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Building a future

Career tech gives students a competitive edge in the workforce

Tulsa Tech is the oldest career tech program in Oklahoma.

September Dawn Bottoms

As of writing, 44.7 million Americans owe roughly $1.5 trillion in student debt. A plurality of debtors are under 30 and could be on the hook for decades to come. Increasingly, student debt is being treated as a crisis on a national level. The student loan delinquency or default rate is 11.4 percent, meaning more than one in 10 people with student loans are more than 90 days delinquent on payments. This problem is greatest for those who take loans to attend school but are unable to finish, a situation more likely to affect students from low-income families.

Our culture’s focus on four-year college as the only reliable path to success is one factor driving the crisis. This narrative is reflected in the statistics: College enrollment increased 28 percent from 2000 to 2016, from roughly 13.2 million students to 16.9 million. Many of these students have graduated only to find their bachelor’s degree doesn’t prepare them to enter the workforce.

While college enrollment skyrocketed, enrollment in technical colleges decreased in the ‘80s and ‘90s, resulting in a dearth of trained professionals affecting the workforce to this day. Historically, trade schools and have been stigmatized by some as a less-glamorous alternative to college. But as the cost of attending a four-year university increases and the certainty of employment dwindles, some are looking to technical school as a more secure alternative, or as a way into a career that could pay for college later in life.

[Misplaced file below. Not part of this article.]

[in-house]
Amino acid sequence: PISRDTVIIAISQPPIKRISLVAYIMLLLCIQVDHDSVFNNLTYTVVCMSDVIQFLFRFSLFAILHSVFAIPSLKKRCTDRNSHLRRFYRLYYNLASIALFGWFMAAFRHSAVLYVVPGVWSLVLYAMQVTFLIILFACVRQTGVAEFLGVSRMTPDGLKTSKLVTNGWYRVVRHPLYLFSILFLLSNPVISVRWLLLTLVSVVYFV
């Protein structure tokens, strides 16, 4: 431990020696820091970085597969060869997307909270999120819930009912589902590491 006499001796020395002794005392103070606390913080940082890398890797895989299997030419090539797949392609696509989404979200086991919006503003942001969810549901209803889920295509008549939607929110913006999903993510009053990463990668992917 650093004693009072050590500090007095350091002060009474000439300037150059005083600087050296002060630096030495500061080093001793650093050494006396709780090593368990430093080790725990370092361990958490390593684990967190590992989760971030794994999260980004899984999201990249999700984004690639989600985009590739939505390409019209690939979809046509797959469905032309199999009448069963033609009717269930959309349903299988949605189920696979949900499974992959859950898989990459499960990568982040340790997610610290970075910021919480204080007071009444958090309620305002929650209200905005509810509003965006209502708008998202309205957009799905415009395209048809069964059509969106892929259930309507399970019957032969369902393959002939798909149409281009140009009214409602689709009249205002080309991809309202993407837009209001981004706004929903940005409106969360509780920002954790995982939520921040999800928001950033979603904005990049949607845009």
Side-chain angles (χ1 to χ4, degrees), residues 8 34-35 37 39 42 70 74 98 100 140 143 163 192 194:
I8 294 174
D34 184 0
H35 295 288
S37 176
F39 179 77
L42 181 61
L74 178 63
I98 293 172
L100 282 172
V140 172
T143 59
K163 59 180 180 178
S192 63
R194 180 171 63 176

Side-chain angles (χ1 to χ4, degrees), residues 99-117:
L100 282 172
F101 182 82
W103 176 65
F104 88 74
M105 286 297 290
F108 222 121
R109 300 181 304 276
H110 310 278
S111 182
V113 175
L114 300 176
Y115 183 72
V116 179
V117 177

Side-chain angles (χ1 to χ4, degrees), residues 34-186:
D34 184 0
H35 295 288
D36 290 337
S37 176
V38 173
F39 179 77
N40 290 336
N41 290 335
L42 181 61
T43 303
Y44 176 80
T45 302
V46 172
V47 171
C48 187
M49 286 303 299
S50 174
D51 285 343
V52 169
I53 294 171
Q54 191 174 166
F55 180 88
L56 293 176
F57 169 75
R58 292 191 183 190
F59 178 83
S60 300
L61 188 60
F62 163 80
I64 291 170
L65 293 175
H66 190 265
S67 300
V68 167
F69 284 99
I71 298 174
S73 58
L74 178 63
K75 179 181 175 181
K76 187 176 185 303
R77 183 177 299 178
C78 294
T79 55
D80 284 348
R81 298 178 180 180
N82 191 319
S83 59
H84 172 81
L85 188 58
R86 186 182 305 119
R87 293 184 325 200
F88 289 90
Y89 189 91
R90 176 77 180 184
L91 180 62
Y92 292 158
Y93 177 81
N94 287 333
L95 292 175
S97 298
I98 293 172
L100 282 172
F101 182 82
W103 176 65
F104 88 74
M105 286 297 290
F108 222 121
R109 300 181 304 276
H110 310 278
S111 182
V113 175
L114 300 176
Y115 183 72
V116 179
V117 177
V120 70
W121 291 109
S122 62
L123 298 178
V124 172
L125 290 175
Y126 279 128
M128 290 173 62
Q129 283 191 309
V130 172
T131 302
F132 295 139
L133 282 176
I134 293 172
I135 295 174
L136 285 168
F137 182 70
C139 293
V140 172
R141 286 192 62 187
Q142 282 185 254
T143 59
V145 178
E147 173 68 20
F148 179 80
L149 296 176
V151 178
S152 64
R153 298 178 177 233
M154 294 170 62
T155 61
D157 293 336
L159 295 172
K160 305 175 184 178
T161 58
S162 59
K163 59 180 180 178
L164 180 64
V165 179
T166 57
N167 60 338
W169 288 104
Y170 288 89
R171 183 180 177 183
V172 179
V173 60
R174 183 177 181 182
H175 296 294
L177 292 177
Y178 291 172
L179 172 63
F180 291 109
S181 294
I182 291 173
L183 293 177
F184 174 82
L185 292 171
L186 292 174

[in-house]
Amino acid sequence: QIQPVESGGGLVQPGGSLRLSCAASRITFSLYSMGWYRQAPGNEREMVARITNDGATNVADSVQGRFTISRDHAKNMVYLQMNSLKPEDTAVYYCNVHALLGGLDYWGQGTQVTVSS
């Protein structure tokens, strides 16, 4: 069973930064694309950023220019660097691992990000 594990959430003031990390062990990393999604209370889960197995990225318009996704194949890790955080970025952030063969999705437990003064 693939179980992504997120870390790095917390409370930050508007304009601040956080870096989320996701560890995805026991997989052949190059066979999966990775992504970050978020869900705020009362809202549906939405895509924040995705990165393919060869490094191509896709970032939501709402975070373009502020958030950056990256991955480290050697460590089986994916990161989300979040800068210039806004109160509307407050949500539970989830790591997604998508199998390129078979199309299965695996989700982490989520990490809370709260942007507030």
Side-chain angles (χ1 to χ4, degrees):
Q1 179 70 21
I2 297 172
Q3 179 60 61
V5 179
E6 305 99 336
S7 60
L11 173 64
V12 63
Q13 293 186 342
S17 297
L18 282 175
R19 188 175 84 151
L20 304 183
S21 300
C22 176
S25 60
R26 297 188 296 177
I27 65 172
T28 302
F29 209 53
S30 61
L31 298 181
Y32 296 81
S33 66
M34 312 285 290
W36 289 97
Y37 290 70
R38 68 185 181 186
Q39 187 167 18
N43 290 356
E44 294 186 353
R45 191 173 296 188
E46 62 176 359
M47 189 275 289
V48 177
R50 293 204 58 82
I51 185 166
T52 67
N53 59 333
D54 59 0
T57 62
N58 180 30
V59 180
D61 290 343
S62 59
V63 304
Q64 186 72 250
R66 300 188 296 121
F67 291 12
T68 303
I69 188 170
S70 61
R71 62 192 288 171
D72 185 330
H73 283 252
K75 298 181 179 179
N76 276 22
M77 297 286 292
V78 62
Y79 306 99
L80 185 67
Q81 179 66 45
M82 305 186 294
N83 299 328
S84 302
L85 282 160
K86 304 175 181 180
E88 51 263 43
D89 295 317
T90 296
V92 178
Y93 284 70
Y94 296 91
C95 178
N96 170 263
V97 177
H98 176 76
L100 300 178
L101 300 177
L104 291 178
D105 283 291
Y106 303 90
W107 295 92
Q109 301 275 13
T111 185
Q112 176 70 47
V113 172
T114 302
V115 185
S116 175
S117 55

Across the state, tech schools are pivoting away from the term “trade school” in favor of “career tech.” It helps emphasize their mission of preparing people for the workforce with a competitive advantage. 

Tulsa is home to the oldest career tech program in Oklahoma. Enrollment at Tulsa Tech is open to anyone inside their district, which covers Tulsa County. They boast an 82 percent completion rate, and 85 percent of graduates either gain employment in their field or continue their education elsewhere.

High school juniors can sign up for career tech at Tulsa Tech. Once they’ve committed to a program, they attend classes one half-day every week for the last two years of high school. Even better, high school students get free tuition.

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Tulsa Tech’s Broken Arrow Campus is a sight to behold. One of six Tulsa Tech campuses, it spans 53 acres, featuring more than 360,000 square feet of educational space. That includes classrooms, labs, conference rooms, shops and an auditorium that seats hundreds. It’s also the educational home of nearly 3,500 students, from part-time adult learners to full-time secondary school students.

The high schoolers in Tulsa Tech’s Automotive Service Technician program are every bit as serious about their education as any four-year college student. They commute from neighborhoods all over Tulsa and come from a diverse range of backgrounds. 

Earnest Kellum grew up on a ranch and admired his uncle, a mechanic. He aspires to become a Master Mechanic, which requires seven different certifications and three years on the workforce. Eventually he would like to own his own shop.

His favorite thing about Tulsa Tech is the rigor of the coursework. Teachers take students through the anatomy of a car, system by system, over the course of two years. By the end, they know the vehicle inside and out.